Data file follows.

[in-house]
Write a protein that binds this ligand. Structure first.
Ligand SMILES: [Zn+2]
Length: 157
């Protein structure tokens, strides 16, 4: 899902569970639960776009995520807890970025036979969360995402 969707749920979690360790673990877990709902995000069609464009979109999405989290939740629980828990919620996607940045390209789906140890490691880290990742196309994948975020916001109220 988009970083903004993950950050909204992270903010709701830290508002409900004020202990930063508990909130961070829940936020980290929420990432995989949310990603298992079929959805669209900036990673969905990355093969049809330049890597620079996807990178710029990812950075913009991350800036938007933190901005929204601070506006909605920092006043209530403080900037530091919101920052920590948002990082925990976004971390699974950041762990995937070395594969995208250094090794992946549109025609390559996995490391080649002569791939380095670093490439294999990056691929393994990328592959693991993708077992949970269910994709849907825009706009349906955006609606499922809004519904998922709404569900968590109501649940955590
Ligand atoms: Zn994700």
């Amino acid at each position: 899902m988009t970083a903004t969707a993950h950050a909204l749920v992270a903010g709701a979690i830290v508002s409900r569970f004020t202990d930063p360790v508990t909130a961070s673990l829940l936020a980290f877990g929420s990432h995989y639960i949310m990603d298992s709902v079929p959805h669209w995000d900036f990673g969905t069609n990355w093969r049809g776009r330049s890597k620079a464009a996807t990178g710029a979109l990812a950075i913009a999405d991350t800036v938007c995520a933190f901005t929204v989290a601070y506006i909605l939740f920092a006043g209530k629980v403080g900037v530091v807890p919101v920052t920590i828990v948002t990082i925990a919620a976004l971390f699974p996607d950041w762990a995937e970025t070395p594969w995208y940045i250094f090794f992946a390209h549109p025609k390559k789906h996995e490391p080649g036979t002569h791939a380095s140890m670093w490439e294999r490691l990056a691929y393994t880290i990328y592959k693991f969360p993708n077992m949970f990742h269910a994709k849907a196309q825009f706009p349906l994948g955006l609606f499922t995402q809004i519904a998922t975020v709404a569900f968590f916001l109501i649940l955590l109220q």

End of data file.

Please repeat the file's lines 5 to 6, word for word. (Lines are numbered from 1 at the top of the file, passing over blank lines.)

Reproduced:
């Protein structure tokens, strides 16, 4: 899902569970639960776009995520807890970025036979969360995402 969707749920979690360790673990877990709902995000069609464009979109999405989290939740629980828990919620996607940045390209789906140890490691880290990742196309994948975020916001109220 988009970083903004993950950050909204992270903010709701830290508002409900004020202990930063508990909130961070829940936020980290929420990432995989949310990603298992079929959805669209900036990673969905990355093969049809330049890597620079996807990178710029990812950075913009991350800036938007933190901005929204601070506006909605920092006043209530403080900037530091919101920052920590948002990082925990976004971390699974950041762990995937070395594969995208250094090794992946549109025609390559996995490391080649002569791939380095670093490439294999990056691929393994990328592959693991993708077992949970269910994709849907825009706009349906955006609606499922809004519904998922709404569900968590109501649940955590
Ligand atoms: Zn994700």